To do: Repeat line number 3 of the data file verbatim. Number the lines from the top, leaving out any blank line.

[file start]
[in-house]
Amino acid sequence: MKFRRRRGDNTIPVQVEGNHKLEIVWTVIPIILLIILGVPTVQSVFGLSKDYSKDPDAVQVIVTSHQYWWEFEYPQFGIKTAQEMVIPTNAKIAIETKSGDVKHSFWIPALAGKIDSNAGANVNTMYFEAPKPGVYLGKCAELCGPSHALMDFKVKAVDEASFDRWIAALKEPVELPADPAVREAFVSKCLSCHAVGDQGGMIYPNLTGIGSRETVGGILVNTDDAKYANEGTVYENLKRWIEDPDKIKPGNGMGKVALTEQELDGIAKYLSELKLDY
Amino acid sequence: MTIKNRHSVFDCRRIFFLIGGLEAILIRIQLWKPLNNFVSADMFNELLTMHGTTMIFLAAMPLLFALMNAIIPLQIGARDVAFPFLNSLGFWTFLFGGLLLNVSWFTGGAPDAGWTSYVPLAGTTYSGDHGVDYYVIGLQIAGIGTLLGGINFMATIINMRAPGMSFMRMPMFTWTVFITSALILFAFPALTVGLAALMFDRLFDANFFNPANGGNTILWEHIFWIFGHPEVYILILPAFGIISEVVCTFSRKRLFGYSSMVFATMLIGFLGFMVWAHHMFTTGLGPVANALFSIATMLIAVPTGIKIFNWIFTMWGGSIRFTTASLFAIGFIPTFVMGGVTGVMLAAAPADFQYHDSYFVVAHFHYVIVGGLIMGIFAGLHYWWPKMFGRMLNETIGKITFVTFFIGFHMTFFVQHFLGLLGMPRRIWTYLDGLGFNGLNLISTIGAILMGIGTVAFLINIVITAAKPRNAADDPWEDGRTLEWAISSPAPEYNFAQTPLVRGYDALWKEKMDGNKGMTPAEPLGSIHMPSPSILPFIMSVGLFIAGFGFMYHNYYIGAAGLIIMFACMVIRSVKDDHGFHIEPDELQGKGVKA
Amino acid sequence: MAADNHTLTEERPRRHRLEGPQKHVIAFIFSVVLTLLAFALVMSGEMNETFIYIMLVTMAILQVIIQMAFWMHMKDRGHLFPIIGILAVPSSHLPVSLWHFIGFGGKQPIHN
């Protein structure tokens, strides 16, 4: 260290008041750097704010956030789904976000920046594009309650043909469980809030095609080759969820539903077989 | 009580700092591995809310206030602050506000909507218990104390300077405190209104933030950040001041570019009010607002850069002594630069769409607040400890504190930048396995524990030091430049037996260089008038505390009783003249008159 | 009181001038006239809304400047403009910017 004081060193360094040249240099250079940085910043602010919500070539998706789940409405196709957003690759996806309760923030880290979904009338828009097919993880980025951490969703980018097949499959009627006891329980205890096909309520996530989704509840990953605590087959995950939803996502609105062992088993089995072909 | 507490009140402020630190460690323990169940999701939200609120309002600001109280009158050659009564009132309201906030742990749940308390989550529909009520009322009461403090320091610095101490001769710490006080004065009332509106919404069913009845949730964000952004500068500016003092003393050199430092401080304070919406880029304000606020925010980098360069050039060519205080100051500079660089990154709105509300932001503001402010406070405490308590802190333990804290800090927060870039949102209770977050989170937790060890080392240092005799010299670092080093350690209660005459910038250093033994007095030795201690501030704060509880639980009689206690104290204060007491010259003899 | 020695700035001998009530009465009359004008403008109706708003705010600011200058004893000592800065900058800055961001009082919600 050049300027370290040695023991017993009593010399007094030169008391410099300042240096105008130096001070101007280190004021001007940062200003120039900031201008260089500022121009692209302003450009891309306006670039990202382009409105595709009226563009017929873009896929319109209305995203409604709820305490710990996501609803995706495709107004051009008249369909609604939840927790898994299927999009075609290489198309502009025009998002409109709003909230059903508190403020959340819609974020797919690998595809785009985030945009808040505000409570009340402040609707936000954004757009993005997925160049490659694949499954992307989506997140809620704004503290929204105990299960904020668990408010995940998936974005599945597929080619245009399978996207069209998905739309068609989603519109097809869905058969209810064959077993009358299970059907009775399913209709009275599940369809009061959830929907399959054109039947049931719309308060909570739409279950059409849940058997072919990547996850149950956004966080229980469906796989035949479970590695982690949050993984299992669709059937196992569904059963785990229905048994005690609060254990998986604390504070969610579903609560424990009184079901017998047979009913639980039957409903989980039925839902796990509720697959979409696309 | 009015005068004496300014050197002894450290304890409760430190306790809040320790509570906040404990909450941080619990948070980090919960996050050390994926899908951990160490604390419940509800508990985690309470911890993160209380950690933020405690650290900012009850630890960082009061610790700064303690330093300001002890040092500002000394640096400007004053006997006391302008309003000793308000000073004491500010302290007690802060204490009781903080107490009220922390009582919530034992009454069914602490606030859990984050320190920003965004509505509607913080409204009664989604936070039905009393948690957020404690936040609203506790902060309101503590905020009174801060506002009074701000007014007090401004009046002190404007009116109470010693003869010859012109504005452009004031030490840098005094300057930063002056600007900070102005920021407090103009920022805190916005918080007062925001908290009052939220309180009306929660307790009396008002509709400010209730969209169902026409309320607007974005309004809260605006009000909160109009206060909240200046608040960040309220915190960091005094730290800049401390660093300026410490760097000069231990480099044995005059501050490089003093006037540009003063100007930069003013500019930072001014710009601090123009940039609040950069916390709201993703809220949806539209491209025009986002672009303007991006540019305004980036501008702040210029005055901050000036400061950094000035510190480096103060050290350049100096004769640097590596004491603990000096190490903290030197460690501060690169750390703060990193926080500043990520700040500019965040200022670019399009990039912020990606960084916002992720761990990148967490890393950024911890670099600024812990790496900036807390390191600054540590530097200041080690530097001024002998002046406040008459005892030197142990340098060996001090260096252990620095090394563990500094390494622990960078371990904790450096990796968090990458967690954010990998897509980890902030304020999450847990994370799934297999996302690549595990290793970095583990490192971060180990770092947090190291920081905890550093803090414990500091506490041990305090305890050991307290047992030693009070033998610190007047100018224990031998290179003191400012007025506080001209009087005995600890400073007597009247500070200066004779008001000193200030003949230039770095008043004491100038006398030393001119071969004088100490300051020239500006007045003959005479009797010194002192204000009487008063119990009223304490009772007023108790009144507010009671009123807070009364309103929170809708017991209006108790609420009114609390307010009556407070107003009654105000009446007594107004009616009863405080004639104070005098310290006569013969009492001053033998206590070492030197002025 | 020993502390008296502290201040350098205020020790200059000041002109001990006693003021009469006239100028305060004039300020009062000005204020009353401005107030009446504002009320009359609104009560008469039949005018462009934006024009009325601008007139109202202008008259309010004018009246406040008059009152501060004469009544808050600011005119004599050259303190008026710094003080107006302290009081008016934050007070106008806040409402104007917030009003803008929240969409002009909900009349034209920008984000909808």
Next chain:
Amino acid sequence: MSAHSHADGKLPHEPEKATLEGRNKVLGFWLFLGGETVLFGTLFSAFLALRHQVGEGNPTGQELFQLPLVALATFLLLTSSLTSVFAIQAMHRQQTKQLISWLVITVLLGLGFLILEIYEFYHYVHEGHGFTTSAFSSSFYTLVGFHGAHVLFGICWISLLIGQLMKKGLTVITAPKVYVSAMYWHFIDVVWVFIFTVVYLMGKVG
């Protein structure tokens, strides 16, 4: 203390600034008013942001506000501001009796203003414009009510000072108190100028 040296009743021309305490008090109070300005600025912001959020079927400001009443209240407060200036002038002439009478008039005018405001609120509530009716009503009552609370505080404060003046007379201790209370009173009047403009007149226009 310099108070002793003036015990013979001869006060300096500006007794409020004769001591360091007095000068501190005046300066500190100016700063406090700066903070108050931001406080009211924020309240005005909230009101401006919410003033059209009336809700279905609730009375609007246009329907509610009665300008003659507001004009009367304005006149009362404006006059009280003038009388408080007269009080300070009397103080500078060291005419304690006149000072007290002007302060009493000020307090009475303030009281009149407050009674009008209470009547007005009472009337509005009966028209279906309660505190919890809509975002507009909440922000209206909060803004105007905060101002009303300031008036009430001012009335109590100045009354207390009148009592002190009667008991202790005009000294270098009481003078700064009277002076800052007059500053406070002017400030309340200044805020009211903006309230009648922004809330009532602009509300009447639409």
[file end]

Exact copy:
Amino acid sequence: MTIKNRHSVFDCRRIFFLIGGLEAILIRIQLWKPLNNFVSADMFNELLTMHGTTMIFLAAMPLLFALMNAIIPLQIGARDVAFPFLNSLGFWTFLFGGLLLNVSWFTGGAPDAGWTSYVPLAGTTYSGDHGVDYYVIGLQIAGIGTLLGGINFMATIINMRAPGMSFMRMPMFTWTVFITSALILFAFPALTVGLAALMFDRLFDANFFNPANGGNTILWEHIFWIFGHPEVYILILPAFGIISEVVCTFSRKRLFGYSSMVFATMLIGFLGFMVWAHHMFTTGLGPVANALFSIATMLIAVPTGIKIFNWIFTMWGGSIRFTTASLFAIGFIPTFVMGGVTGVMLAAAPADFQYHDSYFVVAHFHYVIVGGLIMGIFAGLHYWWPKMFGRMLNETIGKITFVTFFIGFHMTFFVQHFLGLLGMPRRIWTYLDGLGFNGLNLISTIGAILMGIGTVAFLINIVITAAKPRNAADDPWEDGRTLEWAISSPAPEYNFAQTPLVRGYDALWKEKMDGNKGMTPAEPLGSIHMPSPSILPFIMSVGLFIAGFGFMYHNYYIGAAGLIIMFACMVIRSVKDDHGFHIEPDELQGKGVKA